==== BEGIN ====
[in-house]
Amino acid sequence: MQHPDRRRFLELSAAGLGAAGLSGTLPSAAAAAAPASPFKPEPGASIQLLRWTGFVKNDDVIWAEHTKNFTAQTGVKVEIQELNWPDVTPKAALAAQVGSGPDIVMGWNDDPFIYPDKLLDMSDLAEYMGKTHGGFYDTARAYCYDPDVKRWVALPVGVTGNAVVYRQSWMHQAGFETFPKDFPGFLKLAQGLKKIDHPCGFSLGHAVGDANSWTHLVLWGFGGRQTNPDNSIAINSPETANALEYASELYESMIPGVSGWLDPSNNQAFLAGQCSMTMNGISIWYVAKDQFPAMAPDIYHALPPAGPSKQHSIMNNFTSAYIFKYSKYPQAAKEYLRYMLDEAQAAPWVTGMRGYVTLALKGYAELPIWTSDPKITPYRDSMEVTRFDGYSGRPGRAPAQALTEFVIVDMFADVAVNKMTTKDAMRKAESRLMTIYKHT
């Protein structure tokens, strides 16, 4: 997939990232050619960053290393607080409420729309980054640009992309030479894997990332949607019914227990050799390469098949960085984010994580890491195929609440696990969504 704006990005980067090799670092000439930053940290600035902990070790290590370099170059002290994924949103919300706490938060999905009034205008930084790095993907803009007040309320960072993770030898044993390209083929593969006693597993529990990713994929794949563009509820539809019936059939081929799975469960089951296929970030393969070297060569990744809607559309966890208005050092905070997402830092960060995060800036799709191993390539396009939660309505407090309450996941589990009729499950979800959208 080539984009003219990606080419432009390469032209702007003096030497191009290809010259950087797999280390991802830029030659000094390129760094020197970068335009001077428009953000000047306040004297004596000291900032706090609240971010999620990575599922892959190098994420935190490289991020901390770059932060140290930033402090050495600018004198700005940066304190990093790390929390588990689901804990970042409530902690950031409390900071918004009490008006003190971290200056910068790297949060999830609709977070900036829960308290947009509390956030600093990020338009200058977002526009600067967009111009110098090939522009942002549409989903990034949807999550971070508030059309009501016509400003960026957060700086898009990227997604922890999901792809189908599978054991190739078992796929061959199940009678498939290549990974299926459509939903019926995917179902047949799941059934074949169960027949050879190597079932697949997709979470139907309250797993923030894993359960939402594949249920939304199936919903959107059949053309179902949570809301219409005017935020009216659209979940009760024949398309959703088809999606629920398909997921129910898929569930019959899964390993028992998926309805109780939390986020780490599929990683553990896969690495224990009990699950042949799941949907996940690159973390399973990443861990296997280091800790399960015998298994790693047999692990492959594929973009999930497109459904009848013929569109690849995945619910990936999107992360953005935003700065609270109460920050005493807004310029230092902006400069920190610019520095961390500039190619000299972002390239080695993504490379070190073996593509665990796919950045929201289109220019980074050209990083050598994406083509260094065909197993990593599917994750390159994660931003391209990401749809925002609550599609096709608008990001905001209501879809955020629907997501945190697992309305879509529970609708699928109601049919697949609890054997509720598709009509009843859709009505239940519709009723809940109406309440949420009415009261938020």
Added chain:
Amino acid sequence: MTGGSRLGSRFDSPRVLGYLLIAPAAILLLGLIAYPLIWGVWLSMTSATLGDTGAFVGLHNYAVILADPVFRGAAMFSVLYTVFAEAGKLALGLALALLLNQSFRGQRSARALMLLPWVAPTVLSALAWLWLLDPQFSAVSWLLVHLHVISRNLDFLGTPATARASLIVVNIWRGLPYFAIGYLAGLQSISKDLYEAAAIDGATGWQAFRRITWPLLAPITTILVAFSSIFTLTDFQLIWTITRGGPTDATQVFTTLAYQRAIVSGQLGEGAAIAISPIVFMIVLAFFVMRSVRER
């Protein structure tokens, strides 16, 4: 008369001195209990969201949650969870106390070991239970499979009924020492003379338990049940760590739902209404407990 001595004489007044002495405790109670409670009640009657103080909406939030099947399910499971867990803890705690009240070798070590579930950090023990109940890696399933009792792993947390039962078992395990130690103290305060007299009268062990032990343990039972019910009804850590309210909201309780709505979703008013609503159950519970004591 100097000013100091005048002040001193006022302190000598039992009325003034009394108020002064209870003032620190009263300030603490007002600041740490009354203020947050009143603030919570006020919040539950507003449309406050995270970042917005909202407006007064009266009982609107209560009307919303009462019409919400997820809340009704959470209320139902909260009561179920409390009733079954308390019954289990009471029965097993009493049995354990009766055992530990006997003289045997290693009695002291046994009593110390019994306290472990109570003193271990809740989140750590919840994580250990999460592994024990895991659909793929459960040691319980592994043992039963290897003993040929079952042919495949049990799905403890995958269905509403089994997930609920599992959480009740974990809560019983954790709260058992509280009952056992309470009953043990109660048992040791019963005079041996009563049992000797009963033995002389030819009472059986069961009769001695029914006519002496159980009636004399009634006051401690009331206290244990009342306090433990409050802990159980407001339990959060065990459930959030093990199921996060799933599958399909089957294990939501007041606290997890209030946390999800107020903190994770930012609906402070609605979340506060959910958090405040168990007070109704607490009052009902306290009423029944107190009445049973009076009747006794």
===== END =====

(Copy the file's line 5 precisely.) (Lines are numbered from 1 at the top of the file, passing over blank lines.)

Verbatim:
Amino acid sequence: MTGGSRLGSRFDSPRVLGYLLIAPAAILLLGLIAYPLIWGVWLSMTSATLGDTGAFVGLHNYAVILADPVFRGAAMFSVLYTVFAEAGKLALGLALALLLNQSFRGQRSARALMLLPWVAPTVLSALAWLWLLDPQFSAVSWLLVHLHVISRNLDFLGTPATARASLIVVNIWRGLPYFAIGYLAGLQSISKDLYEAAAIDGATGWQAFRRITWPLLAPITTILVAFSSIFTLTDFQLIWTITRGGPTDATQVFTTLAYQRAIVSGQLGEGAAIAISPIVFMIVLAFFVMRSVRER